Advanced practice physiotherapist working as an FCP

A specialist fitness for work service: Advanced practice physiotherapist working as an FCP  


A specialist fitness for work service [Photo Brian Duckett]

The Innovations in Physiotherapy database is an online platform of quality assured examples that showcase innovation. Dr Laran Chetty, advanced practice occupational health physiotherapist at Royal Free London NHS Foundation Trust, shares his highlights from a pilot project to introduce a fitness for work service delivered by a first contact practitioner (FCP) 


An advanced practice occupational health physiotherapist introduced a new fitness-for-work service to manage clients with work-related or impacting musculoskeletal disorders. The purpose was to shorten waiting times for clients to access specialist physiotherapy, reduce the number of referrals to GPs, OHPs and OHAs and secondary care, reduce sickness absence and improve productivity, and maintain excellent service user satisfaction. 

Waiting times reduced from 5 months to 5 days


The service is staffed by a [Band 7] advanced practice physiotherapist who manages the whole clinical pathway including triage, assessment, treatment, fitness-for-work assessments, and case management. This service allows clients to self-refer directly into the service, and accepts management referrals. Traditionally, GPs, OHPs/OHAs and managers were the gate keepers and would refer employees for physiotherapy or secondary care for further investigations. 

The innovative aspects of this new service included self-referral to a first contact APP thereby avoiding GP or OHP/OHA consultations or management referral, and links to secondary care for direct listing of clients that required further investigations. 

Cost and savings 

Net cost benefit generated by the fitness for work service is £3,140 per client, representing a 1:15 return on investment. 


This pragmatic evaluation of the specialist fitness for work service indicated that is likely to be feasible in terms of service usage and cost-effectiveness, and could be rolled out nationally to reduce sickness absence, improve productivity and reduce the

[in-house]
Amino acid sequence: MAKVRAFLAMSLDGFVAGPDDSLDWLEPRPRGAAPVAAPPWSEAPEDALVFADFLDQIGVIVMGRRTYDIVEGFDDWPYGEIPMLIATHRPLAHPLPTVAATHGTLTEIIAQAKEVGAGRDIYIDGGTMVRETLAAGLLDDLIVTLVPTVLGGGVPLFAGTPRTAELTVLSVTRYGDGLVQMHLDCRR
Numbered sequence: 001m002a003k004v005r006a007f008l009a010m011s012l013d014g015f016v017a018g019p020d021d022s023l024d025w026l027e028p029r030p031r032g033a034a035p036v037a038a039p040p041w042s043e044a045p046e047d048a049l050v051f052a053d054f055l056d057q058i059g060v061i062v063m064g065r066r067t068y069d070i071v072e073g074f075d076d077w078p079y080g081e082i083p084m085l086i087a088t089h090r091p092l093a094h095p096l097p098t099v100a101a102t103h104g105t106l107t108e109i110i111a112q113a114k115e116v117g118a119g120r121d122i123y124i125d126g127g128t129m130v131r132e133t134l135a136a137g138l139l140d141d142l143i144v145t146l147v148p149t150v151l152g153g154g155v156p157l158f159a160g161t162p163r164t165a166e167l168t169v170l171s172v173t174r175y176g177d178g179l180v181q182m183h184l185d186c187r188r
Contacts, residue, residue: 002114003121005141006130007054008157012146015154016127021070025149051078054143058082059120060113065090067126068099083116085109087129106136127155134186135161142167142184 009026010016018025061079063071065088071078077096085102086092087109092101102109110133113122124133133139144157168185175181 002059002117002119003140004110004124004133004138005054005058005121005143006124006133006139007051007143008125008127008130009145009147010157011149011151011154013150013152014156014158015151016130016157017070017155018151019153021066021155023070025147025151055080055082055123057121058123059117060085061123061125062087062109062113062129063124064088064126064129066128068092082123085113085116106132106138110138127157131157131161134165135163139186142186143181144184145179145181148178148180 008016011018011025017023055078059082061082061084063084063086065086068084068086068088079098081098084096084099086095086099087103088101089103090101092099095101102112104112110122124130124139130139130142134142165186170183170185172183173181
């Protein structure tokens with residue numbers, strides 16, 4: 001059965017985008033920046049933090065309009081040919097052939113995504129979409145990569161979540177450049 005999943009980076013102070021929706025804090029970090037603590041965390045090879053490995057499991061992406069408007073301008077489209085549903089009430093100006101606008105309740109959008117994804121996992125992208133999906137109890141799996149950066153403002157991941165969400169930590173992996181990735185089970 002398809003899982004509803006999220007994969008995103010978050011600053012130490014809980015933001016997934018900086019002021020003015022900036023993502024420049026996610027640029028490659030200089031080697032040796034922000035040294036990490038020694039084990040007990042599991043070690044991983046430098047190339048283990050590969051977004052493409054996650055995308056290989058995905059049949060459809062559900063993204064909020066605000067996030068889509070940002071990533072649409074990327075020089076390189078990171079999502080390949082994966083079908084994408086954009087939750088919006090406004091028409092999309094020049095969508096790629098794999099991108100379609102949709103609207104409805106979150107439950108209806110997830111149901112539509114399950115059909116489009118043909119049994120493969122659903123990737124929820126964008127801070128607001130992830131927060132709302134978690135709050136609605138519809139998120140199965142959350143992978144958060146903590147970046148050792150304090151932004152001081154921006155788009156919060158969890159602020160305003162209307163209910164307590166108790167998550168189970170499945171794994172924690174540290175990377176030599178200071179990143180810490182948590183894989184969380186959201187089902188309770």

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financial strain on the NHS. 

Top three learning points 

  1. Robust data collection is required to benchmark current data to previous and new pathways. 
  2. There is increasing evidence that specialist fitness-for-work services are cost-effective. 
  3. Early physiotherapy contact for musculoskeletal disorders can improve health and work outcomes.  

Author’s reflections 

This pilot demonstrated the feasibility of an advanced practice physio working as a first contact practitioner in a specialist fitness for work service. Clients attending the service felt reassured about their return to work and came away with lots of helpful advice and tips to stay healthy at work.  

Publication on the database has provided an additional platform to share it within the profession. Physiotherapists have unlimited access to the information. This work aligns with ACPOHE’s strategy to ensure robust data collection to develop new pathways for advanced practice practitioners. 

Notes and funding 

  • This work was unfunded.  
  • This work was presented at Physiotherapy UK 2019.

For more information, including author contact details, please visit Dr Chetty’s database entry.

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